From Vodka to Vino

From Vodka to Vino

On a sunny day, the rolling hills at Château le Grand Vostock could be mistaken for the south of France: Row after row of neat grapevines fan out across 500 acres of rich soil. But this vineyard is not a Bordeaux hotspot or a Napa gem. No, this award-winning winery is in the middle of Russia.

Situated in the country’s southwest Krasnodar region, about 700 miles from Moscow, Château is in a grain belt. It’s also the historical home of the Kuban Cossacks, the fiercely independent people usually pictured brandishing a sword on horseback. Its defining features are wheat fields, oil pumps and enormous Orthodox crosses erected by the side of the road. The few old wineries in the area were, until recently, used to grow grapes for eating.

Changing weather has shifted the grape game — now oenophiles are looking way past France, past England’s new champagne economy and even well beyond China’s ballooning wine industry to Krasnodar. It’s one of a growing number of unlikely places in the world making wine.

There are fewer spots less likely than southern Russia — its  unpredictable winters can bring brutal frosts of minus 20 degrees Fahrenheit — for producing wine. But more than the weather issues, a larger issue looms: Will wine ever flourish in a country that has been weaned on vodka?

‘Wine is coming back to Russia,’ says Vladimir Kremensky, Château’s Cossack guard, with a grin. ‘And I don’t mind a glass between shifts.’

Russia’s rocky history with wine started with Francophile Tsar Alexander II, who established the country’s first vineyard in the late 19th century. Considered a drink for aristocrats, wine was a distant second to the everyman’s constant companion, vodka. A famous Russian saying goes, “There cannot be too much vodka. There can only be not enough vodka.”

After World War II, Stalin sought to make wine available to the masses, and charged scientists with developing hardy new types of grapes that could survive the winter and be produced in bulk. For decades, Soviet vineyards churned out sickly sweet swill, with grape sugar and concentrate added to disguise bad quality. While enjoyed by Russians on holidays, it would have made the average Frenchman faint.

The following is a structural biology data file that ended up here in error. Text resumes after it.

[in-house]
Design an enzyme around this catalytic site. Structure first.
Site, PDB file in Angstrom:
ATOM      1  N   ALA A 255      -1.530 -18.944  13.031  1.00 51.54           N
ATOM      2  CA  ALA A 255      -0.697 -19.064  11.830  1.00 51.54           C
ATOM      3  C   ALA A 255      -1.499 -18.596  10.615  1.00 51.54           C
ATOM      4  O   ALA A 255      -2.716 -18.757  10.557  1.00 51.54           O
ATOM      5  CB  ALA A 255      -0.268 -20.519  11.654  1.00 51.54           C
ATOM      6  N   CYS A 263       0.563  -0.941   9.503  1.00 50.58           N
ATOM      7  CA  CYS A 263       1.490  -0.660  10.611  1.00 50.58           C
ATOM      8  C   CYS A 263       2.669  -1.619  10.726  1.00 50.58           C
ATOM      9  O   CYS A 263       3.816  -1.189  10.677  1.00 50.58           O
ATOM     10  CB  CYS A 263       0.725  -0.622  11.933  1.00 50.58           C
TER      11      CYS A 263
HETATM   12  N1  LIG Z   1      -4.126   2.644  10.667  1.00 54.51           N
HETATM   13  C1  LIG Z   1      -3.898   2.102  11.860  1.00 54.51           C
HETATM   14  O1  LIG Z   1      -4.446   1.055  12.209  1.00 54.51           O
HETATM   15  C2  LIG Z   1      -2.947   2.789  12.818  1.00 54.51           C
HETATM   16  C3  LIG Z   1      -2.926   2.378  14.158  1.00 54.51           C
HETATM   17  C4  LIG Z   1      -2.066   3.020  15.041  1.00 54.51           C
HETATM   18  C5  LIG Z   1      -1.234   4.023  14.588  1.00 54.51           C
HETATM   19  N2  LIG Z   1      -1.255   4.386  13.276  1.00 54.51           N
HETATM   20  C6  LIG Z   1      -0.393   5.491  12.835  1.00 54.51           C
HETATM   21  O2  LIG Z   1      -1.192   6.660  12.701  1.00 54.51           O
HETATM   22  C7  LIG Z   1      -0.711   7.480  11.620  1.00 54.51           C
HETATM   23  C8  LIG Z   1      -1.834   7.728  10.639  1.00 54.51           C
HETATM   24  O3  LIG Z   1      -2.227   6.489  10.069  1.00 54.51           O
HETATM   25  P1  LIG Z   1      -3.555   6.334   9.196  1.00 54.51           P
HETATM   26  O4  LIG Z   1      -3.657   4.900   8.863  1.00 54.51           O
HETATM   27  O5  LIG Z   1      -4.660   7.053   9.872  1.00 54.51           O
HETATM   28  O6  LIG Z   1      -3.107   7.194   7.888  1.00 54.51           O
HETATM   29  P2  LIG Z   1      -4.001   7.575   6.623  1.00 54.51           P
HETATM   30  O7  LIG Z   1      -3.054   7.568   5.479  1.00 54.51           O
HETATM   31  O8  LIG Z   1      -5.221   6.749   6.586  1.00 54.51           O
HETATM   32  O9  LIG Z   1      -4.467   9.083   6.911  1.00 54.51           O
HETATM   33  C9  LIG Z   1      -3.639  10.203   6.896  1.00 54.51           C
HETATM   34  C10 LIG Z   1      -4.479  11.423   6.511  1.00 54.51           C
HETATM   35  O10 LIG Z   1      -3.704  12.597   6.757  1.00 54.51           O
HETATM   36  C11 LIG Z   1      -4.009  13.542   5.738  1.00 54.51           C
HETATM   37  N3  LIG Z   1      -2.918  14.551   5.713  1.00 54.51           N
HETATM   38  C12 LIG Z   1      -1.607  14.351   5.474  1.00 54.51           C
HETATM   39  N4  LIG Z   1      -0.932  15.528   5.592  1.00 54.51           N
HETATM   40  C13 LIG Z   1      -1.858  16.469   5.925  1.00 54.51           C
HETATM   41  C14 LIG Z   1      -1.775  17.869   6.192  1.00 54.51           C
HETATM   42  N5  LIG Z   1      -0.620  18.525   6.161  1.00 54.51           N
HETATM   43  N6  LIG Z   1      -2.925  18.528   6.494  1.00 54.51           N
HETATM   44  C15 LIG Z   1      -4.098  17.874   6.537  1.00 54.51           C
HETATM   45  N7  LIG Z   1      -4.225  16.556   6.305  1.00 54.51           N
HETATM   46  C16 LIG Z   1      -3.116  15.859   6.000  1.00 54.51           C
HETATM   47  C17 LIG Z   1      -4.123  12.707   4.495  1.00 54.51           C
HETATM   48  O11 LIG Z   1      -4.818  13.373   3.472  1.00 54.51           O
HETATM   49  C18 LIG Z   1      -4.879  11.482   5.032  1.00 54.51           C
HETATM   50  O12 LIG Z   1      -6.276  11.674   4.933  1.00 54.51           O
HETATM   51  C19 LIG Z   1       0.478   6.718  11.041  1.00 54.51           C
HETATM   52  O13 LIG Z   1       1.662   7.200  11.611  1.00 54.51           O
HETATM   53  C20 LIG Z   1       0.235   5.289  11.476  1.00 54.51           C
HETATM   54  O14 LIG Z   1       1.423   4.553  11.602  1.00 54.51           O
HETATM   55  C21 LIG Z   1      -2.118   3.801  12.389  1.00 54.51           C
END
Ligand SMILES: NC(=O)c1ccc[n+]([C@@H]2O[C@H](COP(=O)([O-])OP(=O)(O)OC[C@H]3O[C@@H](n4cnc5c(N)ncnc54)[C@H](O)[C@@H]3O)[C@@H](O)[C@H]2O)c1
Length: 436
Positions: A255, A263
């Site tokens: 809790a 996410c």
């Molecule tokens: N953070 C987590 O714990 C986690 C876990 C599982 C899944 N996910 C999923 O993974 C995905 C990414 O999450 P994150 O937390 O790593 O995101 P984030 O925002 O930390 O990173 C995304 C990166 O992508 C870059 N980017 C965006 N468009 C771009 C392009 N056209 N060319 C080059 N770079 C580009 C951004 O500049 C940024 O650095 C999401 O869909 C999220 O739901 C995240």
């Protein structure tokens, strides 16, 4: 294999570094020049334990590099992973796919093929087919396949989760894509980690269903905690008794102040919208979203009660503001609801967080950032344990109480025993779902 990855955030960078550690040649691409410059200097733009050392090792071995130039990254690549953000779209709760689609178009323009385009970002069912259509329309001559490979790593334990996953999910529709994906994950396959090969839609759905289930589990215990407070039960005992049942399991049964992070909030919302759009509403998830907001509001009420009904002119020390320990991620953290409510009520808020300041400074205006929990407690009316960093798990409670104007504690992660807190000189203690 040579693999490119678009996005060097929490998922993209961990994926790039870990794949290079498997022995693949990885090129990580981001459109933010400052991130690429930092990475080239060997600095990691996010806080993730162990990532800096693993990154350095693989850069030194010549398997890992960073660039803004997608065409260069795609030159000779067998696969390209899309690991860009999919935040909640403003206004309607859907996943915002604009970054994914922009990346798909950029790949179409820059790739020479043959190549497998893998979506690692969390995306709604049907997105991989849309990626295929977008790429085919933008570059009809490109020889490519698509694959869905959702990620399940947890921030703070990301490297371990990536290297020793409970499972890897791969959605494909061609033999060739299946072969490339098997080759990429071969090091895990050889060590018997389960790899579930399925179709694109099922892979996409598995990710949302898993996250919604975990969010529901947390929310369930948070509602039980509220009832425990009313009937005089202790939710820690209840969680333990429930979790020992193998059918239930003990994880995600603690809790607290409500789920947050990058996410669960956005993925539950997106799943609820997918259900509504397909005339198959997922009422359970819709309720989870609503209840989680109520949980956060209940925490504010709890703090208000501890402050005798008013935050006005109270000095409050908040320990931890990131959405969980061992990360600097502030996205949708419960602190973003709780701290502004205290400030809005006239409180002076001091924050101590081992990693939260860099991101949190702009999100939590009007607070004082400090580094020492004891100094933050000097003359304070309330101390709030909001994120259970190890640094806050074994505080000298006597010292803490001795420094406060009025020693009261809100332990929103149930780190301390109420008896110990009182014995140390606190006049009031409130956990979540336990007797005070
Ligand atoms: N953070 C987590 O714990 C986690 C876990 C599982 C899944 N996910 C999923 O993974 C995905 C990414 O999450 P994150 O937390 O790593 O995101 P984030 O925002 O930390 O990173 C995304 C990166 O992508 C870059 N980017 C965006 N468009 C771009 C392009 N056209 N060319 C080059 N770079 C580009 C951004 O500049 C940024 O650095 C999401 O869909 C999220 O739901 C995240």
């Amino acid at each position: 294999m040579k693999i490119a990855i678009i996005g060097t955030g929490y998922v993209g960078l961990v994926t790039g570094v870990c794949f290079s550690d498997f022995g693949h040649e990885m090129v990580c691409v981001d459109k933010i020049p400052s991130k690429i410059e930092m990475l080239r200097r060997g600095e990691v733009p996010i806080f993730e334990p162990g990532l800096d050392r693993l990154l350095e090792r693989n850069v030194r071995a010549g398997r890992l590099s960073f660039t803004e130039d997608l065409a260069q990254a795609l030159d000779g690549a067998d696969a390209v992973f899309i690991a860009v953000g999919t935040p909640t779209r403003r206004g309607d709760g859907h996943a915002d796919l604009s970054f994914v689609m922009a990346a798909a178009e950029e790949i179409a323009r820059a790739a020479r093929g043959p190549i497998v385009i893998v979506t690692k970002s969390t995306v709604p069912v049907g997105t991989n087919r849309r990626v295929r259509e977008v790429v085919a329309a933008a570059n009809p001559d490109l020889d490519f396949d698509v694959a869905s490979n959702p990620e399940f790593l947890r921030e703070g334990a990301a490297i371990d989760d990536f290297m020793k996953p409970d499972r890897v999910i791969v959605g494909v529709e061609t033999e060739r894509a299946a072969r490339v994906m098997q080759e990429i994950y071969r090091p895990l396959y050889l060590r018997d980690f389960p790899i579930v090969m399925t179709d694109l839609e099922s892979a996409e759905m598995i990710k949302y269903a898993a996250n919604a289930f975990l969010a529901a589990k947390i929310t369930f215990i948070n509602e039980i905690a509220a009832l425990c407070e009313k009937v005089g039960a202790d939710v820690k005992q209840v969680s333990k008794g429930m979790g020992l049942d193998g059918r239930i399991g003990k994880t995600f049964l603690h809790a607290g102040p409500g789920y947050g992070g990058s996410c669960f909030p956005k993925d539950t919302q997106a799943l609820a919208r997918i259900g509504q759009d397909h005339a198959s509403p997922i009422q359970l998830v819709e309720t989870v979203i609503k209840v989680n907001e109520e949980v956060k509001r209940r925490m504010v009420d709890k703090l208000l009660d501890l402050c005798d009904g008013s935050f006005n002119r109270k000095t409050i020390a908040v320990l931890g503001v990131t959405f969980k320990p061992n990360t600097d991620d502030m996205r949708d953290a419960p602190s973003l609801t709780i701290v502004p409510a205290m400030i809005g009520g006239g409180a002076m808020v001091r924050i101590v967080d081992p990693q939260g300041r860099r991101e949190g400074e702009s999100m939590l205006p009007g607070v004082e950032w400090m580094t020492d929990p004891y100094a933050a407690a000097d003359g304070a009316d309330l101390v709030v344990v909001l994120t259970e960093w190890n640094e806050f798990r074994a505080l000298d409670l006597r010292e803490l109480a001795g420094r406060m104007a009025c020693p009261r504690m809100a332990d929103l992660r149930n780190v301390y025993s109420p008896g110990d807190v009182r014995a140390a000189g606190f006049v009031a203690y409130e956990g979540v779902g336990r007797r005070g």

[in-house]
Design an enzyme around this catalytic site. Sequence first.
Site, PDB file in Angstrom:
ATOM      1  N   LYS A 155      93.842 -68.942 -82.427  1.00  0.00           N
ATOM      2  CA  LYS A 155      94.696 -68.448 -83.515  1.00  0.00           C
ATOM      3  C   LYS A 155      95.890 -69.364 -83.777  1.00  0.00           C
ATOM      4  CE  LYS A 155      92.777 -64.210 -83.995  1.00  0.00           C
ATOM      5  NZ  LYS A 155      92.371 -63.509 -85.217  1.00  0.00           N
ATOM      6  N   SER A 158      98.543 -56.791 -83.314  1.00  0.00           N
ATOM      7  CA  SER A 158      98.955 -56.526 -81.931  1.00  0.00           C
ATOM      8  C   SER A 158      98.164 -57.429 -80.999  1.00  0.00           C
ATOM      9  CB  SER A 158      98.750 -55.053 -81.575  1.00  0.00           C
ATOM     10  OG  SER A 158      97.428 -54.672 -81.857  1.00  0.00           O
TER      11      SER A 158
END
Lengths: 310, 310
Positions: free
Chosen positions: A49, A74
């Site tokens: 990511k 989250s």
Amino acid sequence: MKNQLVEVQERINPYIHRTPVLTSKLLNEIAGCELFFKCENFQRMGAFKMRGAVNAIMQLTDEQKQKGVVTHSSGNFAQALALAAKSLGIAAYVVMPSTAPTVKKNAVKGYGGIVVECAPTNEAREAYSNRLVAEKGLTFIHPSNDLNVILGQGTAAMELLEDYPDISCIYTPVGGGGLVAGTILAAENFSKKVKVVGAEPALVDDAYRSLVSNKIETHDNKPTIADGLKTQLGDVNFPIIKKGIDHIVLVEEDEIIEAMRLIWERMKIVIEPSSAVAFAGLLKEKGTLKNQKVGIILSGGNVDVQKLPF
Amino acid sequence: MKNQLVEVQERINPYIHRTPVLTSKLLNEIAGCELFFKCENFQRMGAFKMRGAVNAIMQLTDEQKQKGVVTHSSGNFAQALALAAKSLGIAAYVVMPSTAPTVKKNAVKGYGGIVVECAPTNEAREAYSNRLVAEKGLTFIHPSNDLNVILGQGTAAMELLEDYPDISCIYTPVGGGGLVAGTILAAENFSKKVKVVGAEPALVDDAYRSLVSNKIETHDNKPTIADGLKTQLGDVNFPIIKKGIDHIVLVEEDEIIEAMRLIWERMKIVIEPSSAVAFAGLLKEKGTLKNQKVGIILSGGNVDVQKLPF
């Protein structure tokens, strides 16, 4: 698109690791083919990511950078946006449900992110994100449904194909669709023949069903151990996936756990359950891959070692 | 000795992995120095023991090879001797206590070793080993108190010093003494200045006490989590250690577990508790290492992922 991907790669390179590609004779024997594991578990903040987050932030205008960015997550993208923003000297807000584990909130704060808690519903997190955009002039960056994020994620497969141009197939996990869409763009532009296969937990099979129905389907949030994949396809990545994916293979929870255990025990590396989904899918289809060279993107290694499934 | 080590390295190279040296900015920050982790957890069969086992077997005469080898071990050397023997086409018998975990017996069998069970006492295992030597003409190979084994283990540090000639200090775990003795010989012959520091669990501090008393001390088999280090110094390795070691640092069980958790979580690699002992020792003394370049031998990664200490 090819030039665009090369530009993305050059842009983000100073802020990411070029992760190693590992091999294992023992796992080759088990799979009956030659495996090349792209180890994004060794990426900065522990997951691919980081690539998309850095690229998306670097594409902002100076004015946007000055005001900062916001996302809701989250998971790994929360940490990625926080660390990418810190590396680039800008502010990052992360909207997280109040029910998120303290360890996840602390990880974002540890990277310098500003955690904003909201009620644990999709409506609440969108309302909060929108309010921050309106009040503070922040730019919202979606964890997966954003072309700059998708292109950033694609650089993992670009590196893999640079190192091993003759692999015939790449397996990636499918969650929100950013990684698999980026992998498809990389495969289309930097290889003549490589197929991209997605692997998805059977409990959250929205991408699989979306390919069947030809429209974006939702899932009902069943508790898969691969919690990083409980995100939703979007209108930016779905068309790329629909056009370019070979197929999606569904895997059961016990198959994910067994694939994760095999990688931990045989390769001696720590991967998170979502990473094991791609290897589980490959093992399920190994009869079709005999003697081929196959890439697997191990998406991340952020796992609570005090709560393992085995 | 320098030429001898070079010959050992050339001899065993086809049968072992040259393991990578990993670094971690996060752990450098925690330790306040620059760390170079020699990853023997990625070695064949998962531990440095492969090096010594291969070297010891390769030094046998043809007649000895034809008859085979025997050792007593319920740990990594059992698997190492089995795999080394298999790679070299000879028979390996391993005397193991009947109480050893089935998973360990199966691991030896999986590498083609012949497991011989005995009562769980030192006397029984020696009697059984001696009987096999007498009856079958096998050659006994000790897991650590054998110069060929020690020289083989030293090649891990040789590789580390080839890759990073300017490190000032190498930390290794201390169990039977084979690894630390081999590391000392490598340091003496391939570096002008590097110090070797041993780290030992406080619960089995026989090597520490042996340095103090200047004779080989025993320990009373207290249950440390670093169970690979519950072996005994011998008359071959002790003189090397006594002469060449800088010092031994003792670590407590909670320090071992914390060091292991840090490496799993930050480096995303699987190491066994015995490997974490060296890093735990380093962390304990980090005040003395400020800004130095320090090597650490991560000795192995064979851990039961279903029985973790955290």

But in the post-Soviet era, a flood of imports from Europe and South America made dry wine widely accessible, and it’s catching on with the growing urban middle class. Russia has seen the highest growth in wine consumption in the world, more than doubling, from around 3 to almost 8 liters per capita since 2000 (compared to a 67 percent growth in China, another emerging market). Meanwhile, production of Russian wine has also boomed, from 238.5 million liters of still wine produced in 2000 compared to 478 million in 2011.

A wine barrel with the Château's logo
A worker stands in the winery's store, amidst the ferns
On the packaging and corking line. The Château's wares have been garnering praise inside and outside of Russia.
Larisa trims grapevines at the Château. Even though business is booming, uncertain weather can derail wine production.
More workers tend to the winery's neat rows.

    “Now, people travel, they go to tastings. They encounter wine all over the world,” says Artur Sarkisyan, head of the Union of Russian Sommeliers and Experts.

    Today, Russian wine accounts for 70 percent of the domestic market — but it’s estimated that up to three-quarters of this is the cheap, concentrate-based variety. Château is one of a new breed trying to offer something more artisanal. The facility was previously a winery named Aurora that had turned over its land to growing table grapes. After the Soviet collapse, it was bought by a group of Moscow investors, who brought in French specialists to study the soil and revamp production. In 2003, it reopened as Château le Grand Vostock.

    The winery’s hybrid name, dreamt up by French consultants, sounds somewhat comical to locals (vostock is the Russian word for east). But thanks to a combination of unique local grapes and French techniques, Château is crafting entirely serious wines that could stand up to any bottle from Bordeaux. The winery has won some prominent fans: Last year, its selection, a blend of cabernet sauvignon and the indigenous varietal krasnostop, was served at President Vladimir Putin’s inauguration dinner. It sells at major grocery stores for around 200 rubles, or $6.

    Last year, a Château le Grand Vostock blend of cabernet sauvignon and krasnostop was served at President Vladimir Putin’s inauguration dinner.

    There have been other changes in a nod to quality. Aurora, like most Soviet farms, collected grapes with combines; at Château, they are picked by hand. Rows are now planted 3 meters apart, rather than 4, and branches are carefully trimmed to keep them small and healthy. Harvested grapes used to be sent to centralized plants for processing. Now, they are fermented at an on-site factory with modern French equipment. Château has also cast off the old practice of adding sugar, ethyl alcohol and artificial coloring, relying instead on natural flavors.

    As good as business has been for the past few years, Russia isn’t going to be replacing Northern California or the south of France quite yet. The Russian winters bring deep frosts, which is a significant problem in keeping supplies steady. However, some industry experts predict that rising temperatures and increased sunshine due to global warming will lead to milder winters, and better harvests, in the coming decade.

    “Before, the Party simply gave an order to harvest 4,000 tons of grapes,” says the vineyard’s head agronomist, Nariman Shcherfetdinov. “Now, we don’t care about the quantity — we want the quality to be good.”